House Democrat nods to Kellyanne Conway in push to make Hatch Act violations a crime

A House Democrat is seeking to add criminal provisions to a federal law that bars federal employees from electioneering, naming his amendment after former Trump adviser Kellyanne Conway.

Rep. Dan Goldman (D-N.Y.), who played a central role in impeachment of then-President Trump, is seeking to update the Hatch Act through an amendment to a GOP-led bill dealing with free speech.

The so-called Kellyanne Conway Amendment from Goldman would create a felony provision for a law that ethics watchdogs often describe as relatively toothless, particularly for those serving at high levels of government.

The Hatch Act bars promotion of a president’s political interests during the course of administration officials performing official duties, but its consequences are largely limited to disciplinary action and leaves no method for addressing conduct of those who have left government employment.

Under Goldman’s amendment, “willful” violators could face up to two years of jail time as well as facing a fine of up to $1,000 if they use their office for “the purpose of interfering with or affecting the result of an election.”

Conway dismissed Goldman as a “crappy lawyer [and] creepy stalker” after he mentioned her eight times in a release about the amendment.

“Today’s stunt by that TV lawyer guy with 15 minutes of fame and zero accomplishments in Congress is why so Americans believe their representatives in Washington focus on themselves and not the people,” she said in a statement to The Hill.

“Like many others, he misunderstands the Hatch Act, which makes clear that ‘an employee retains the right… to express his opinion on political subject and candidates,’” Conway said, adding that her comments included “factual, non-political statements.”

Conway was the subject of numerous Hatch Act complaints while serving as an aide to Trump, with a 2019 Office of Special Counsel (OSC) report ultimately recommending that the president bar her from federal service due to repeated incidents in which she appeared to campaign for the president while on the clock.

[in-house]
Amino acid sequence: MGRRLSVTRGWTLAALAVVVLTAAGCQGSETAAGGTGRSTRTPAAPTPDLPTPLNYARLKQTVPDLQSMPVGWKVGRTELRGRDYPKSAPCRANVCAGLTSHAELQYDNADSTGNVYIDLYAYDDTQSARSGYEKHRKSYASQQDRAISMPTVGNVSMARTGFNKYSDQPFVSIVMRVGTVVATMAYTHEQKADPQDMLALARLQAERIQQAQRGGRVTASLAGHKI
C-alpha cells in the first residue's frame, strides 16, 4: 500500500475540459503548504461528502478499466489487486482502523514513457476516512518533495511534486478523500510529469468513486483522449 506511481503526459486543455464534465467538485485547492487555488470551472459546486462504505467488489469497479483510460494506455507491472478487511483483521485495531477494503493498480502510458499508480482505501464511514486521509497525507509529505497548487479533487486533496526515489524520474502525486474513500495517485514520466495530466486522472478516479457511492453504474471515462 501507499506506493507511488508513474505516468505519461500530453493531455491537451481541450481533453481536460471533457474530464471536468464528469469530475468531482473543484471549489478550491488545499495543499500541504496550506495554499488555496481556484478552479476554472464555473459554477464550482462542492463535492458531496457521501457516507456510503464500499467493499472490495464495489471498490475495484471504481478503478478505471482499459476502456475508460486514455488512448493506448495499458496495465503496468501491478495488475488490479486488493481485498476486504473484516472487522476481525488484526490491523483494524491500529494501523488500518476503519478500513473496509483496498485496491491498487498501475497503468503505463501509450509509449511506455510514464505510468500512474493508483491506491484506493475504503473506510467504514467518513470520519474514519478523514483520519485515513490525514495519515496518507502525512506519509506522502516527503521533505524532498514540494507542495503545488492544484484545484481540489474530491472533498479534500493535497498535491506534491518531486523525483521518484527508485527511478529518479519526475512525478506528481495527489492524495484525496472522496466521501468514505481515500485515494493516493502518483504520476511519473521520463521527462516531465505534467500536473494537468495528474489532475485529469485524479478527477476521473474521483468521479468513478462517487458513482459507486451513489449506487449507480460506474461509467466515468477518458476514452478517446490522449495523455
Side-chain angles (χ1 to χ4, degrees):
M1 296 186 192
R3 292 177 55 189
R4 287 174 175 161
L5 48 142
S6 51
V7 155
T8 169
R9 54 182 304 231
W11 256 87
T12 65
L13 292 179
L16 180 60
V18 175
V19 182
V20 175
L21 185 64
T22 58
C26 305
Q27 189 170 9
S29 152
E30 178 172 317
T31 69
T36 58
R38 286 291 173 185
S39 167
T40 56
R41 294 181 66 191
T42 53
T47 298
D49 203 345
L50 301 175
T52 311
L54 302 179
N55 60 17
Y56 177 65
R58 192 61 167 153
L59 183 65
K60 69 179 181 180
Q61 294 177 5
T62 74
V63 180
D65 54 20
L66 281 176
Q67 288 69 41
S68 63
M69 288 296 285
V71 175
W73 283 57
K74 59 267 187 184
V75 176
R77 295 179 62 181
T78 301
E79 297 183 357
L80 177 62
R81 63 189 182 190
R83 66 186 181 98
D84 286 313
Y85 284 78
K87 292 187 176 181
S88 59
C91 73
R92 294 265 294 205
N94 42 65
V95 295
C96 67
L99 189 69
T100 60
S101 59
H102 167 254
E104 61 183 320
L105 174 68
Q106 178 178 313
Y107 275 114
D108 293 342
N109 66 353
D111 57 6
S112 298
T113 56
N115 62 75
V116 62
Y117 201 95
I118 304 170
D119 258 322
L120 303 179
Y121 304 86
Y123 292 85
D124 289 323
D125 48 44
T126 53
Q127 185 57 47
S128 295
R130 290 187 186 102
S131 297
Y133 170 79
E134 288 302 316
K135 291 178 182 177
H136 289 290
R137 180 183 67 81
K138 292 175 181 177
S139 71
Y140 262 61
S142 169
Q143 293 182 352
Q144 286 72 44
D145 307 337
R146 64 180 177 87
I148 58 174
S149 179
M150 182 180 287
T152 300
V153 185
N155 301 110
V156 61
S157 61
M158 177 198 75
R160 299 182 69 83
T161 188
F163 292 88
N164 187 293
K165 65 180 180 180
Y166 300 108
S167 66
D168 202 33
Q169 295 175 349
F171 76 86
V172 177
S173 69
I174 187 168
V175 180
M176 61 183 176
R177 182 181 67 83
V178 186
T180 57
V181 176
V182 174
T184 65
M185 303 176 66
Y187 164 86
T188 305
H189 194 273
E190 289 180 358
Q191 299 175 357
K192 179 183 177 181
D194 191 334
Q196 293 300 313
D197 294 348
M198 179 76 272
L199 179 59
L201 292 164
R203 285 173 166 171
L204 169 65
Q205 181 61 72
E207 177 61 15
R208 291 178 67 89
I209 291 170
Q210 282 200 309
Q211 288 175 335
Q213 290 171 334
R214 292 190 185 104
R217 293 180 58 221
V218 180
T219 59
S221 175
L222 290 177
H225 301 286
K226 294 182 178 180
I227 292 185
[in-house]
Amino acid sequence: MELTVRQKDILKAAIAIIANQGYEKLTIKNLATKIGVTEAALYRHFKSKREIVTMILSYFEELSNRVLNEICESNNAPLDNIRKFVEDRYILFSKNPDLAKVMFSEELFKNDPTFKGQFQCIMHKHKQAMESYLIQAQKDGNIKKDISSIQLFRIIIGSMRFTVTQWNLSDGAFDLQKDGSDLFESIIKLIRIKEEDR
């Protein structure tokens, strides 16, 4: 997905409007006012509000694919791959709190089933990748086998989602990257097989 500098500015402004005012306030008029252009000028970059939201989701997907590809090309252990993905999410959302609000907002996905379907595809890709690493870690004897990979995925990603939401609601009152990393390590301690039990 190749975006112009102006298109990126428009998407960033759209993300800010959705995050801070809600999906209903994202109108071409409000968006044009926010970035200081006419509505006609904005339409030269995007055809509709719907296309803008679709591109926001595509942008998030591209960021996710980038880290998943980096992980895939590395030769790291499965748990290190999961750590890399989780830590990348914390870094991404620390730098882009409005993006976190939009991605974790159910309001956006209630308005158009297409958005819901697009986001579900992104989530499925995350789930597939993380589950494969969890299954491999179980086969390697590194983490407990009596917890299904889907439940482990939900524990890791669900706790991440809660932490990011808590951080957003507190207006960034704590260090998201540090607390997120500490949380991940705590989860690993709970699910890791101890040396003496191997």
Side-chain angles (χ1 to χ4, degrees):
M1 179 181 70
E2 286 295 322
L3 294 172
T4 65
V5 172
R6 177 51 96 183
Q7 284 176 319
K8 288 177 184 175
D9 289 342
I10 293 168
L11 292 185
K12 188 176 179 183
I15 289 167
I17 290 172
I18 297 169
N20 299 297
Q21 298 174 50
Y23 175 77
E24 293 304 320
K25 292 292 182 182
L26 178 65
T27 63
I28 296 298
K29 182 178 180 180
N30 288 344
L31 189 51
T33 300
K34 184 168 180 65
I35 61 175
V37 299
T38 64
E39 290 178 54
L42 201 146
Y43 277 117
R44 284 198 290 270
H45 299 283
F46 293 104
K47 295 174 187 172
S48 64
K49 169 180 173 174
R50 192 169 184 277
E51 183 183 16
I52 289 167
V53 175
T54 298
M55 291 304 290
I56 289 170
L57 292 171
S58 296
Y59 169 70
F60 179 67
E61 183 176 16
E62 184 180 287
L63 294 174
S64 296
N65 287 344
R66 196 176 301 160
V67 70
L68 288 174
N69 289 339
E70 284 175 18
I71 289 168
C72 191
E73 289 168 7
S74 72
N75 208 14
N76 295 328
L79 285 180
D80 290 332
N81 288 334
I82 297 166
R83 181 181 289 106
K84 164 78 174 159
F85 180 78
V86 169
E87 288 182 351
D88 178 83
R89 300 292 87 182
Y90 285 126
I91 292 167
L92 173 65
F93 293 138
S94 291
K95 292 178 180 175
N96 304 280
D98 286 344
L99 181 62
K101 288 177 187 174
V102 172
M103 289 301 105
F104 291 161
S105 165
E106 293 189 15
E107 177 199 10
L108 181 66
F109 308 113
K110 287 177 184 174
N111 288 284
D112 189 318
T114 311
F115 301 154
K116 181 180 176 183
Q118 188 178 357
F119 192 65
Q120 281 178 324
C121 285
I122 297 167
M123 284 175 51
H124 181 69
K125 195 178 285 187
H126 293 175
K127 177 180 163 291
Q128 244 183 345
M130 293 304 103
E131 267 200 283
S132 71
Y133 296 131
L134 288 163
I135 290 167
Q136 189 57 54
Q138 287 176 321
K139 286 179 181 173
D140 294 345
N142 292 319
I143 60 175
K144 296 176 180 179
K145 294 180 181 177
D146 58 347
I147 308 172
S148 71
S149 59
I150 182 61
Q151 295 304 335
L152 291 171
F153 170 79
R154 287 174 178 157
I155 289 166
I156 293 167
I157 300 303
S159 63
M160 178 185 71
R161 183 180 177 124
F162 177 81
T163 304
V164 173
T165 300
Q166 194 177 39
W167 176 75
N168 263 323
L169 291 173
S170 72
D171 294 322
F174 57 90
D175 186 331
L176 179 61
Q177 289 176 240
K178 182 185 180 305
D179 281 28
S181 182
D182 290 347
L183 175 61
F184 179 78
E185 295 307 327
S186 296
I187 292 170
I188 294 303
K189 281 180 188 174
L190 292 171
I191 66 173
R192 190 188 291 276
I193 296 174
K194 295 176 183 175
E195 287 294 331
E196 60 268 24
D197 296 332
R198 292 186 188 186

In that report, it noted she appeared to scoff at the lack of consequences under the law.

“If you’re trying to silence me through the Hatch Act, it’s not going to work,” Conway said in a 2019 gaggle with reporters.

“Let me know when the jail sentence starts,” she added.

Conway was cited for comments on Fox News and CNN disparaging former Sen. Doug Jones (D-Ala.) during his runoff election campaign against Roy Moore in December 2017, including when she said the then-candidate was “weak on crime” and would be a vote against GOP-backed tax cuts.

OSC later noted that she repeatedly posted political messages on social media in the weeks before the 2018 election, and cited Conway for repeatedly attacking Democratic presidential candidates during the party’s 2020 primary, making jabs at Sen. Elizabeth Warren (D-Mass.), Sen. Cory Booker (D-N.J.) and then-candidate Joe Biden by name during TV interviews.

“Ms. Conway failed to comply with OSC’s requests and, in fact, escalated her partisan critiques of candidates after OSC had communicated to the White House that her conduct violated the law. In sum, Ms. Conway continues to violate the Hatch Act and signals that she will not comply with the law,” the report stated.

A 2018 report from the office found she violated the Hatch Act 22 times, though accounting from Citizens for Responsibility and Ethics in Washington, which itself lodged Hatch Act complaints against Conway, asserted she may have violated the law more than 50 times.

Trump declined to discipline Conway for the Hatch Act violations, suggesting at the time that OSC was infringing on Conway’s free speech.

A government watchdog in October 2021 found then-Biden White House press secretary Jen Psaki violated the Hatch Act by appearing to endorse Virginia gubernatorial candidate Terry McAuliffe (D) at a briefing with reporters. OSC later confirmed the violation. Psaki said she took the complaint seriously.

Goldman’s amendment was offered to a bill from House Oversight Chair James Comer (R-Ky.) aimed at prohibiting “federal employee censorship” set to be reviewed by the panel Tuesday, something he said is already barred under law.

“I am offering the Kellyanne Conway Amendment to address a truly serious issue: that the Trump administration wantonly and repeatedly violated the Hatch Act prohibition against using the official power of the government for partisan political purposes,” he said.

Though the Hatch Act itself only contains civil penalties, a sister statute bars coercing federal employees into political activity and carries a three-year prison sentence.

Brett Samuels contributed.

Updated 7:48 p.m.

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